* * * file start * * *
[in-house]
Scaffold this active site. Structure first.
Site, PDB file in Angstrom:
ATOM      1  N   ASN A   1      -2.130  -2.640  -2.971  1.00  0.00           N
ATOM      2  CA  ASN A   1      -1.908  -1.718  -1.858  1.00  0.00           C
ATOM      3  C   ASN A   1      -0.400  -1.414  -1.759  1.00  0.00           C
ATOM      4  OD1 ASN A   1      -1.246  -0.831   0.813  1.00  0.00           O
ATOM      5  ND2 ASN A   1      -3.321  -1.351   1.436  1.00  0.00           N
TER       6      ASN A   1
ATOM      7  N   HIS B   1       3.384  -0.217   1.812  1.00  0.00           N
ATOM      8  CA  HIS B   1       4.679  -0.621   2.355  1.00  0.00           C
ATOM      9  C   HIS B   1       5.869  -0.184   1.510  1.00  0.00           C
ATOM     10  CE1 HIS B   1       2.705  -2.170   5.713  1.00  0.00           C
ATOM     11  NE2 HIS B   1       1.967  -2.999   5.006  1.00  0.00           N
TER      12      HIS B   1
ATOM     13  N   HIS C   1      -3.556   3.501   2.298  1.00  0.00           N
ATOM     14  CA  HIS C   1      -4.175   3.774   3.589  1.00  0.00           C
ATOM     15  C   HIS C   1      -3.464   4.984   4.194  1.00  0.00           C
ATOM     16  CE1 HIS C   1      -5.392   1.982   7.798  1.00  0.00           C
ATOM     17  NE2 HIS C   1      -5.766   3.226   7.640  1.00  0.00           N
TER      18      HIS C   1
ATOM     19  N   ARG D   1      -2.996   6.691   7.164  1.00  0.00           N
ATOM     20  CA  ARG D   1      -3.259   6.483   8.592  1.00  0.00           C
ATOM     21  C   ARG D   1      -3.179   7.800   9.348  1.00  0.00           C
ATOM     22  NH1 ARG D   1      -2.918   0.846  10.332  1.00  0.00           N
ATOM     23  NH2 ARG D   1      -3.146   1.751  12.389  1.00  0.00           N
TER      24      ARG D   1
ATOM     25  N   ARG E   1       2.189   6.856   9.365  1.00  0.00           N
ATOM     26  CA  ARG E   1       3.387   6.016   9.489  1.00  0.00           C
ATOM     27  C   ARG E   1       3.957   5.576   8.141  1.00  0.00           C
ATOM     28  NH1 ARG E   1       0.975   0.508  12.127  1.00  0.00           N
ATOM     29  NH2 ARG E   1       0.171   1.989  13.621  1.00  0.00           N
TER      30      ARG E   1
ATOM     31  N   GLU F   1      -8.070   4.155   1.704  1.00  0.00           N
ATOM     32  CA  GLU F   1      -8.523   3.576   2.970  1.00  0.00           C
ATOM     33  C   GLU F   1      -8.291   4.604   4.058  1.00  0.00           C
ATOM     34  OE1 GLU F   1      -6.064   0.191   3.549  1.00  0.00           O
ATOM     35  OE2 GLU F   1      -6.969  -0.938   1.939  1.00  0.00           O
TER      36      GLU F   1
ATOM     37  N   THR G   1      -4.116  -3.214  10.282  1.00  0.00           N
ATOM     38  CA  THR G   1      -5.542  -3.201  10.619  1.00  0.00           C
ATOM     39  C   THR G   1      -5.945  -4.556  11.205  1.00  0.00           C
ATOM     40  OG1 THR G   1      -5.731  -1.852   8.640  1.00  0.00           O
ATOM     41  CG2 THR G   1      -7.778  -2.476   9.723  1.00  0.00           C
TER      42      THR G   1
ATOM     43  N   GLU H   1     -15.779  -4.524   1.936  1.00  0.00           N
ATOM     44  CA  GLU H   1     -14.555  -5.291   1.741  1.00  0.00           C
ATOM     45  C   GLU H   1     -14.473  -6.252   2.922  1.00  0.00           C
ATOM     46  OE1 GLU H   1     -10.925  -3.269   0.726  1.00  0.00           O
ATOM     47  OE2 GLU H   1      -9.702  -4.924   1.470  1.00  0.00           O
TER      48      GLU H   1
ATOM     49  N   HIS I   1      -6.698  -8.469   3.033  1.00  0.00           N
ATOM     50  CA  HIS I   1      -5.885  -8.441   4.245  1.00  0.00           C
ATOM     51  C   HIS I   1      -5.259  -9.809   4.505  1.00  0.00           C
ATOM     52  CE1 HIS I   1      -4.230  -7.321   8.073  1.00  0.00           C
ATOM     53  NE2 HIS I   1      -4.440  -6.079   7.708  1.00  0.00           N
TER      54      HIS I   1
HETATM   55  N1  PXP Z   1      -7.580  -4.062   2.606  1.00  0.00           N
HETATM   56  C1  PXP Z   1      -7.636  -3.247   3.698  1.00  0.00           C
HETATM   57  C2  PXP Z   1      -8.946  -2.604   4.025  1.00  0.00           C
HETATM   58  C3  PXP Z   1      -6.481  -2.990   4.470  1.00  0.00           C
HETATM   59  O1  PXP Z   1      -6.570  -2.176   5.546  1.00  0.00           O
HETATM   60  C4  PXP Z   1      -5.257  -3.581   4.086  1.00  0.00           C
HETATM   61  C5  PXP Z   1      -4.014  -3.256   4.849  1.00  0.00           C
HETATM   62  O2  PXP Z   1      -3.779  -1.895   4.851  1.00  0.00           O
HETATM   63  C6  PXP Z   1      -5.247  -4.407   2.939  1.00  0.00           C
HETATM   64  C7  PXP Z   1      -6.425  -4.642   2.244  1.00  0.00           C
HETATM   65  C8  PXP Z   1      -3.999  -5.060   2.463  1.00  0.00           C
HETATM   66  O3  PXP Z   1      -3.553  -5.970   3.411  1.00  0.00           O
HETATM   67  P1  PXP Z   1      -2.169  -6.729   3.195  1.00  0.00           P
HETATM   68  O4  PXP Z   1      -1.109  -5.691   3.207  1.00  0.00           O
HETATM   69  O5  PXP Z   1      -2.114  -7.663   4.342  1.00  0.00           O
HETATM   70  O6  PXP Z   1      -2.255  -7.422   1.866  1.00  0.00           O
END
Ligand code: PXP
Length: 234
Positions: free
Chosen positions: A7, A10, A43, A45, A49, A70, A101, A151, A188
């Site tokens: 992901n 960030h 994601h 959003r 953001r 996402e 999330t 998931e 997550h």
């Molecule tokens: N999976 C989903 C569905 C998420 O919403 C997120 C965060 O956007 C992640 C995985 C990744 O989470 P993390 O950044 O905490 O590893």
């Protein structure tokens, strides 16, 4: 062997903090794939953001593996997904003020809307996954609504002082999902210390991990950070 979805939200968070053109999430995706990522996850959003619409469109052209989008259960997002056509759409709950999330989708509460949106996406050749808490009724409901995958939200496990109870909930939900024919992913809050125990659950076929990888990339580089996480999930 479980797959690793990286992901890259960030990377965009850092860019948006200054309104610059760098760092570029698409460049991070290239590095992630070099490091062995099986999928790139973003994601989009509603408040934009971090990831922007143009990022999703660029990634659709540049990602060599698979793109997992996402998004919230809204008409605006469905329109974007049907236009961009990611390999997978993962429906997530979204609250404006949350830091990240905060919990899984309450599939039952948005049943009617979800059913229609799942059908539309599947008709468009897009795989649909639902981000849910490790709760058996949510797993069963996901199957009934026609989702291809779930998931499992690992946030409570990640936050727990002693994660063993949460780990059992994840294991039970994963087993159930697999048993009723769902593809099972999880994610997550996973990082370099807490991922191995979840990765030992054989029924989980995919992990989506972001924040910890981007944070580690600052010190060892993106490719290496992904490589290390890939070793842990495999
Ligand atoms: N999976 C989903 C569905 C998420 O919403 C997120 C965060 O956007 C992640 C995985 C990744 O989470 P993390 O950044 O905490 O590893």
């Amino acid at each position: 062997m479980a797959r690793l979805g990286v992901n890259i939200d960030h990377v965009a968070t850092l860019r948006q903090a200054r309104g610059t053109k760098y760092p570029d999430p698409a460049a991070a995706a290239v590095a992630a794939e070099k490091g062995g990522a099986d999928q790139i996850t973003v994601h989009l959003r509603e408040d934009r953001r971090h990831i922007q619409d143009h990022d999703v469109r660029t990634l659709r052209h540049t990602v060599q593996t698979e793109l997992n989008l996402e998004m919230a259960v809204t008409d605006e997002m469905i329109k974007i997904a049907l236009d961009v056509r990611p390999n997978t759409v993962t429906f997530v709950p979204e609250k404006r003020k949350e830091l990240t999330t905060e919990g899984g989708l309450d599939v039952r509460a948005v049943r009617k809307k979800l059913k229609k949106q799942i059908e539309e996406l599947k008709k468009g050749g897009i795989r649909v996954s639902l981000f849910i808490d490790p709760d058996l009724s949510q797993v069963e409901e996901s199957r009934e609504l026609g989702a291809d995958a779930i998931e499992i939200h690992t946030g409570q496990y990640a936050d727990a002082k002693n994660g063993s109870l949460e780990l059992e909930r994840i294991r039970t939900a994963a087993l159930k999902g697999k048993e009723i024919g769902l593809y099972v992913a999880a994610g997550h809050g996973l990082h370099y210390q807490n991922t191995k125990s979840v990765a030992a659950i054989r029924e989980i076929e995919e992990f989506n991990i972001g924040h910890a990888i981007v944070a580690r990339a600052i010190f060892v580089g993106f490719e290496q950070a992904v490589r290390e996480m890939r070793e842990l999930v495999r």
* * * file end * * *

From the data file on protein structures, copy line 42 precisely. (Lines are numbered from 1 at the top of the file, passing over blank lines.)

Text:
ATOM     39  C   THR G   1      -5.945  -4.556  11.205  1.00  0.00           C